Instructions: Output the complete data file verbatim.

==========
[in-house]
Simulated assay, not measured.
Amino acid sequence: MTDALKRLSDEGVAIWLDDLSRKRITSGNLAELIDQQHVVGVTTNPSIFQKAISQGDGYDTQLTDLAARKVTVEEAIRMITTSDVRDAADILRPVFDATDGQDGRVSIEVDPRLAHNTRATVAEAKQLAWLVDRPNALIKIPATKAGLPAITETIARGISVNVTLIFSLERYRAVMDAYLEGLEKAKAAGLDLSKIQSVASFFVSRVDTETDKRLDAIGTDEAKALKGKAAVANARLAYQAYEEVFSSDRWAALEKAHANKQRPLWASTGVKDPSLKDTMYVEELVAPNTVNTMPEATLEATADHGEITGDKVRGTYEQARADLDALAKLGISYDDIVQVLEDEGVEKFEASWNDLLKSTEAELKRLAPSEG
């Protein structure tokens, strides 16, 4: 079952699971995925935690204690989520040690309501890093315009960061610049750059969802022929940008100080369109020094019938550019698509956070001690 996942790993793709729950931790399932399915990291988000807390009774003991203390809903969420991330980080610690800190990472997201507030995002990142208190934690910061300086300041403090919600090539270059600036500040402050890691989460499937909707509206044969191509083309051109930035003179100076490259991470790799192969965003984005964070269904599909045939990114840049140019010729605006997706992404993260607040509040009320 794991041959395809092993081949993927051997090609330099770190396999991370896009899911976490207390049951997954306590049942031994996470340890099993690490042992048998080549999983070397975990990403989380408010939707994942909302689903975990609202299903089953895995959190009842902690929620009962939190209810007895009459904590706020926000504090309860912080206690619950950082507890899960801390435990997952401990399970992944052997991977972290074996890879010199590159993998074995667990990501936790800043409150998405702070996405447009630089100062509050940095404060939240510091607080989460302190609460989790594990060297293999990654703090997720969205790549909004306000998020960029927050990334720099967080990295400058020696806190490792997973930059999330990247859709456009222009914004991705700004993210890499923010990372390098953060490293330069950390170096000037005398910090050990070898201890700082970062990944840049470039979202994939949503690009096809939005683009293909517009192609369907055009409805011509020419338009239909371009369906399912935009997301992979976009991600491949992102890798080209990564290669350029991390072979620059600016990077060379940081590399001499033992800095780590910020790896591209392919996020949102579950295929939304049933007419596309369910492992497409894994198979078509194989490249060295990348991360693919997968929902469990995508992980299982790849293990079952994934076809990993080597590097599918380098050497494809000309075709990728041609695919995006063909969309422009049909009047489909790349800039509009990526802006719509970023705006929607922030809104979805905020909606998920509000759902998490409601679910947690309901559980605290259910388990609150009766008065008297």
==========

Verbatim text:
[in-house]
Simulated assay, not measured.
Amino acid sequence: MTDALKRLSDEGVAIWLDDLSRKRITSGNLAELIDQQHVVGVTTNPSIFQKAISQGDGYDTQLTDLAARKVTVEEAIRMITTSDVRDAADILRPVFDATDGQDGRVSIEVDPRLAHNTRATVAEAKQLAWLVDRPNALIKIPATKAGLPAITETIARGISVNVTLIFSLERYRAVMDAYLEGLEKAKAAGLDLSKIQSVASFFVSRVDTETDKRLDAIGTDEAKALKGKAAVANARLAYQAYEEVFSSDRWAALEKAHANKQRPLWASTGVKDPSLKDTMYVEELVAPNTVNTMPEATLEATADHGEITGDKVRGTYEQARADLDALAKLGISYDDIVQVLEDEGVEKFEASWNDLLKSTEAELKRLAPSEG
């Protein structure tokens, strides 16, 4: 079952699971995925935690204690989520040690309501890093315009960061610049750059969802022929940008100080369109020094019938550019698509956070001690 996942790993793709729950931790399932399915990291988000807390009774003991203390809903969420991330980080610690800190990472997201507030995002990142208190934690910061300086300041403090919600090539270059600036500040402050890691989460499937909707509206044969191509083309051109930035003179100076490259991470790799192969965003984005964070269904599909045939990114840049140019010729605006997706992404993260607040509040009320 794991041959395809092993081949993927051997090609330099770190396999991370896009899911976490207390049951997954306590049942031994996470340890099993690490042992048998080549999983070397975990990403989380408010939707994942909302689903975990609202299903089953895995959190009842902690929620009962939190209810007895009459904590706020926000504090309860912080206690619950950082507890899960801390435990997952401990399970992944052997991977972290074996890879010199590159993998074995667990990501936790800043409150998405702070996405447009630089100062509050940095404060939240510091607080989460302190609460989790594990060297293999990654703090997720969205790549909004306000998020960029927050990334720099967080990295400058020696806190490792997973930059999330990247859709456009222009914004991705700004993210890499923010990372390098953060490293330069950390170096000037005398910090050990070898201890700082970062990944840049470039979202994939949503690009096809939005683009293909517009192609369907055009409805011509020419338009239909371009369906399912935009997301992979976009991600491949992102890798080209990564290669350029991390072979620059600016990077060379940081590399001499033992800095780590910020790896591209392919996020949102579950295929939304049933007419596309369910492992497409894994198979078509194989490249060295990348991360693919997968929902469990995508992980299982790849293990079952994934076809990993080597590097599918380098050497494809000309075709990728041609695919995006063909969309422009049909009047489909790349800039509009990526802006719509970023705006929607922030809104979805905020909606998920509000759902998490409601679910947690309901559980605290259910388990609150009766008065008297």